Donate now

The RNLI and me: Clodagh McKenna

The international TV chef and restaurateur tells us about her love of the sea - and the people who work on it.

The RNLI and me: Clodagh McKenna

Photo: Photocall Ireland

Born in Cork, Clodagh McKenna describes her cooking as: ‘A fresh modern take on Irish food, with a focus on seasonal and local produce.’ Seafood is at the core of her cooking, influencing everything from the menus in her restaurants to her bestselling cookbooks.

Her TV appearances, including the series Fresh From The Sea and Clodagh’s Irish Food Trails, are watched by over 15M people in the USA.

Now living in London - following stints in Italy and France - Clodagh’s cooking has many influences, but Irish ingredients are her passion.

We caught up with her to learn more about why she supports the RNLI.

Your grandfather and your uncle were both fishermen. What impact did that have on you?

I grew up in Cork and our family has always lived beside the water. My grandpop was a fisherman for all his life and my uncle for some of his life. Fishing was a massive thing in our home, so I really appreciated the value of having fresh local fish from a very young age.

Did they ever tell you any stories about their time on the boats?

Fishermen have a really tough job, especially on the Irish Sea and the Atlantic. They’re heroes, in my mind. It’s a tough way to make a living, so there were never any stories shared. But for the two TV series I made based around the sea, I spent a couple of months meeting fishermen and getting out on the boats with them. I was cooking the produce but also showing the challenges they face and the fact that so much of our seafood is now exported.

Despite being an island nation, we sometimes turn our backs to the sea and don’t appreciate the amazing fish that we have available.

Are you a water person through-and-through then?

Yes, I am! I fish and I sail and I’m very attached to the water. Even though I spend half of my life travelling for work, if I’m not around the sea for a while I miss it terribly.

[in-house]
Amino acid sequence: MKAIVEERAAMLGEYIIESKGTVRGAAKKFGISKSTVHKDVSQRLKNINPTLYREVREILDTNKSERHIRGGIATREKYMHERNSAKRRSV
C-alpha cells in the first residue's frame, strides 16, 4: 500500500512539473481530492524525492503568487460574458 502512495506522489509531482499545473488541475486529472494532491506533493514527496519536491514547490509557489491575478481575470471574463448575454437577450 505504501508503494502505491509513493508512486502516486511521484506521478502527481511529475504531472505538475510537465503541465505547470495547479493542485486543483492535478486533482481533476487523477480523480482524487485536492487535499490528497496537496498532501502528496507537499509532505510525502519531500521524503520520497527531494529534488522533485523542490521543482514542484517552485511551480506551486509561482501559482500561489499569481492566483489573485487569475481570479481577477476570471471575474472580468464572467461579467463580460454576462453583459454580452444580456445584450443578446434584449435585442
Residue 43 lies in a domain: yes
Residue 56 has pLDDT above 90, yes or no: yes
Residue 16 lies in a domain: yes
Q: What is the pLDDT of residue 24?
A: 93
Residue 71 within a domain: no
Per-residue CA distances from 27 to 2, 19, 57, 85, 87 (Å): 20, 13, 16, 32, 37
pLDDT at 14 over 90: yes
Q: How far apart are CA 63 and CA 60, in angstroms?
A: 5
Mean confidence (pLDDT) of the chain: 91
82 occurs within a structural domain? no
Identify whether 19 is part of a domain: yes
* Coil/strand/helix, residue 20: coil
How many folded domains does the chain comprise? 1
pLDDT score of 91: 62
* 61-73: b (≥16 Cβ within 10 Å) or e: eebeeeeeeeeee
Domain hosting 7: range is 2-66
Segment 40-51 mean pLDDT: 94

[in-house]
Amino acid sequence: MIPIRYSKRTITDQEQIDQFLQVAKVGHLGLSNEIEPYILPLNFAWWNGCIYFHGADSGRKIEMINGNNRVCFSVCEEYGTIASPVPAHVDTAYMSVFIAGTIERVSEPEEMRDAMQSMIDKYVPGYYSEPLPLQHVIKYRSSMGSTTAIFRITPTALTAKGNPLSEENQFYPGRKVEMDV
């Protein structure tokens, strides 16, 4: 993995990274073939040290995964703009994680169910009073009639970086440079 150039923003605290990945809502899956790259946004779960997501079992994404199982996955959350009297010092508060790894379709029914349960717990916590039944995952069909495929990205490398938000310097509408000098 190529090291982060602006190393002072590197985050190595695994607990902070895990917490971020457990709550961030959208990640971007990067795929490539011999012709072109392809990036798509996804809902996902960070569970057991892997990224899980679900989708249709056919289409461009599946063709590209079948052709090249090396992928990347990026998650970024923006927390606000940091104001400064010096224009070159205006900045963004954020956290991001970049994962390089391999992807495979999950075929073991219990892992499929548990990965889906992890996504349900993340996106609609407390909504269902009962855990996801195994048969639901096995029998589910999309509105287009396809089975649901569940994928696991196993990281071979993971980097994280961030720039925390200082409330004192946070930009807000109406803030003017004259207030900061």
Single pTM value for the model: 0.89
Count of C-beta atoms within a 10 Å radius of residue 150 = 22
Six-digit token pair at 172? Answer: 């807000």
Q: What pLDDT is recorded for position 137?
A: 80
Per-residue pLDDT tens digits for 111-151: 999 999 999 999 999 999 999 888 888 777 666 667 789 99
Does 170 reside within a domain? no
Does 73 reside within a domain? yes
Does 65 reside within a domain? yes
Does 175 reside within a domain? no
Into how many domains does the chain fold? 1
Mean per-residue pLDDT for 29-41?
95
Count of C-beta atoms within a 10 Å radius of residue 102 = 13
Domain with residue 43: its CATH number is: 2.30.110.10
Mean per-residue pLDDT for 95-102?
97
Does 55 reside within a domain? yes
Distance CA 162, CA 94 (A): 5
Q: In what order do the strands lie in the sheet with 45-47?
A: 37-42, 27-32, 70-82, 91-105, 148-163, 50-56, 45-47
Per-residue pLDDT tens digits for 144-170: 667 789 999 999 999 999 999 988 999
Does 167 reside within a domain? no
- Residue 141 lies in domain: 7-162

Have you ever had a difficult moment in the sea?

No, thankfully.

How far back does your awareness of the RNLI go?

My sisters and my uncle have been involved in the RNLI and they all sail, so I’ve known of the RNLI since I was born. The RNLI was a big part of that chapter.

What made you want to get more involved with the RNLI?

I’ve always appreciated the RNLI’s brave volunteers, but I hadn’t realised the challenges they face every day until I joined a lifeboat crew in the RTE series Fresh From The Sea. That ‘drop everything’ mentality - leaving from wherever they are for a shout - it’s a major commitment

Young fishermen face a really tough job now; they are putting their lives in danger, being on a boat in the middle of the water. The RNLI allows them to feel safer and to carry on the great tradition of fishing in Ireland.

And they're even on the Thames doing incredible things. I’d walked over the bridges so many times, but had never thought to look out for a station on the river.

You’re splitting your time between North America, Ireland and London at the moment. What do you miss the most when you’re away?

When I’m away I miss getting to cook at home. Home is my creative space where I can test all my recipes. The first thing I do when I get back to my little coach house is to bake bread and go down to my local fishmonger to pick something up for a quick supper. Fish is faster than any takeout you could ever buy - and it’s so incredibly good for you.

How does the food culture in Irish fishing villages and towns compare with London? What can you find in Irish cuisine that you won't find anywhere else?

In Ireland, we’ve such incredible access to fish; it’s so easy to get fresh fish daily. In London, it’s more of a struggle. You’ve really got to find a fishmonger you can trust - and understand where the fish is coming from.

Things that we have that you can’t get in London? Incredible seaweeds, which I love using in my cooking. Otherwise, our waters are quite similar, but I do think our shellfish - especially our crabs - are the best in Europe.

Striking a truly sustainable balance is key for the future of both local fishing communities and our oceans. As shoppers, our demand drives supply. What advice can you offer for enjoying seafood that is harvested in less damaging ways?

Sustainability requires a change in mindset about the way you shop - that goes for every kind of food, but particularly for fish. It takes time to do the homework; when I moved to London it took me a couple of days to find the best local fishmonger. But putting the time in to find a really good fishmonger is the first thing.

And then tell them what you are looking for - a good fishmonger is always happy to hear our requests for local and in-season seafood. In every area of Ireland and the UK there will be different species that are sustainable within that particular area that we should be choosing. Good fishmongers want to be able to show you the different fish you can try. Shopping carefully gives their business sustainability too - it’s a really big circle.

My other tip is to watch the seasons. Whether it’s salmon, sole or seabass, what is sustainable now won’t be sustainable in 2 months - it will be out of season and we shouldn’t be eating it then.

Having spent some time on both fishing boats and lifeboats, what key piece of safety advice would you share with fishermen?

I think my number one piece of advice for anyone going to sea is: Always wear your lifejacket.

I noticed when I was making the series that a lot of fishermen unfortunately don’t wear them and we really have to convince them to put them on.